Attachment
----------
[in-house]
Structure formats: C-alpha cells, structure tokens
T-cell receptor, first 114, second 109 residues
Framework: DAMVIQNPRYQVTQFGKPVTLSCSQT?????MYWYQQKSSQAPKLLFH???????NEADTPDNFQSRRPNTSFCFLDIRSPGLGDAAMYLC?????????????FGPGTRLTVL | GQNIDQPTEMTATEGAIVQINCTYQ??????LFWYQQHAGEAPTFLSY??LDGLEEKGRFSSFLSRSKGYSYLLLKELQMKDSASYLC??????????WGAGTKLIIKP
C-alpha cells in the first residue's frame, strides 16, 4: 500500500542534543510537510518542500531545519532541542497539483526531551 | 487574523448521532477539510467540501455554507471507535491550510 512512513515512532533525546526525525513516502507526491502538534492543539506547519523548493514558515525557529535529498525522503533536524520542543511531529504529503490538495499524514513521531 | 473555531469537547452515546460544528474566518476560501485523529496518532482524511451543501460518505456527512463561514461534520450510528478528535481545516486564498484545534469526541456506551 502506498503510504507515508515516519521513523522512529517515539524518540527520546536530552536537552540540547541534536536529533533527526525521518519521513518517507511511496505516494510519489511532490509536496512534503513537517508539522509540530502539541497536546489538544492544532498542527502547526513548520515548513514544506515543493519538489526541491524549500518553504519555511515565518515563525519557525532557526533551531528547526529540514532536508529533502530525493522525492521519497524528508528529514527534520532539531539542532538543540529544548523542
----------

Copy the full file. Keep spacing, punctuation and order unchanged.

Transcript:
[in-house]
Structure formats: C-alpha cells, structure tokens
T-cell receptor, first 114, second 109 residues
Framework: DAMVIQNPRYQVTQFGKPVTLSCSQT?????MYWYQQKSSQAPKLLFH???????NEADTPDNFQSRRPNTSFCFLDIRSPGLGDAAMYLC?????????????FGPGTRLTVL | GQNIDQPTEMTATEGAIVQINCTYQ??????LFWYQQHAGEAPTFLSY??LDGLEEKGRFSSFLSRSKGYSYLLLKELQMKDSASYLC??????????WGAGTKLIIKP
C-alpha cells in the first residue's frame, strides 16, 4: 500500500542534543510537510518542500531545519532541542497539483526531551 | 487574523448521532477539510467540501455554507471507535491550510 512512513515512532533525546526525525513516502507526491502538534492543539506547519523548493514558515525557529535529498525522503533536524520542543511531529504529503490538495499524514513521531 | 473555531469537547452515546460544528474566518476560501485523529496518532482524511451543501460518505456527512463561514461534520450510528478528535481545516486564498484545534469526541456506551 502506498503510504507515508515516519521513523522512529517515539524518540527520546536530552536537552540540547541534536536529533533527526525521518519521513518517507511511496505516494510519489511532490509536496512534503513537517508539522509540530502539541497536546489538544492544532498542527502547526513548520515548513514544506515543493519538489526541491524549500518553504519555511515565518515563525519557525532557526533551531528547526529540514532536508529533502530525493522525492521519497524528508528529514527534520532539531539542532538543540529544548523542